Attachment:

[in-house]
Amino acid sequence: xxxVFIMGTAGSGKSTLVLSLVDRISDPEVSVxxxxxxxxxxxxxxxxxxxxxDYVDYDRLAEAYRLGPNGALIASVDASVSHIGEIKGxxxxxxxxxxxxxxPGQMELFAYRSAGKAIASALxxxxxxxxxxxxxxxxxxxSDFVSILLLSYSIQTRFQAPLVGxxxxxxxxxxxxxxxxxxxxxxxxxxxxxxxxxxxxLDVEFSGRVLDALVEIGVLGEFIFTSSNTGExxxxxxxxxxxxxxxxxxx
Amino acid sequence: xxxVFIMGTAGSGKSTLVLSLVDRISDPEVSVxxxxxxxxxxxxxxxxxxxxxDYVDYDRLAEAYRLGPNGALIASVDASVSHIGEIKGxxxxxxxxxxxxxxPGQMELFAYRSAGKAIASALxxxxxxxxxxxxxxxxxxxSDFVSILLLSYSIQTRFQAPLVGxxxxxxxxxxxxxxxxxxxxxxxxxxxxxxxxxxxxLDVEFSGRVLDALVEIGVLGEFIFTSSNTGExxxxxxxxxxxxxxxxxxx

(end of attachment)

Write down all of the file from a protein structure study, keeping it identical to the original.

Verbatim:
[in-house]
Amino acid sequence: xxxVFIMGTAGSGKSTLVLSLVDRISDPEVSVxxxxxxxxxxxxxxxxxxxxxDYVDYDRLAEAYRLGPNGALIASVDASVSHIGEIKGxxxxxxxxxxxxxxPGQMELFAYRSAGKAIASALxxxxxxxxxxxxxxxxxxxSDFVSILLLSYSIQTRFQAPLVGxxxxxxxxxxxxxxxxxxxxxxxxxxxxxxxxxxxxLDVEFSGRVLDALVEIGVLGEFIFTSSNTGExxxxxxxxxxxxxxxxxxx
Amino acid sequence: xxxVFIMGTAGSGKSTLVLSLVDRISDPEVSVxxxxxxxxxxxxxxxxxxxxxDYVDYDRLAEAYRLGPNGALIASVDASVSHIGEIKGxxxxxxxxxxxxxxPGQMELFAYRSAGKAIASALxxxxxxxxxxxxxxxxxxxSDFVSILLLSYSIQTRFQAPLVGxxxxxxxxxxxxxxxxxxxxxxxxxxxxxxxxxxxxLDVEFSGRVLDALVEIGVLGEFIFTSSNTGExxxxxxxxxxxxxxxxxxx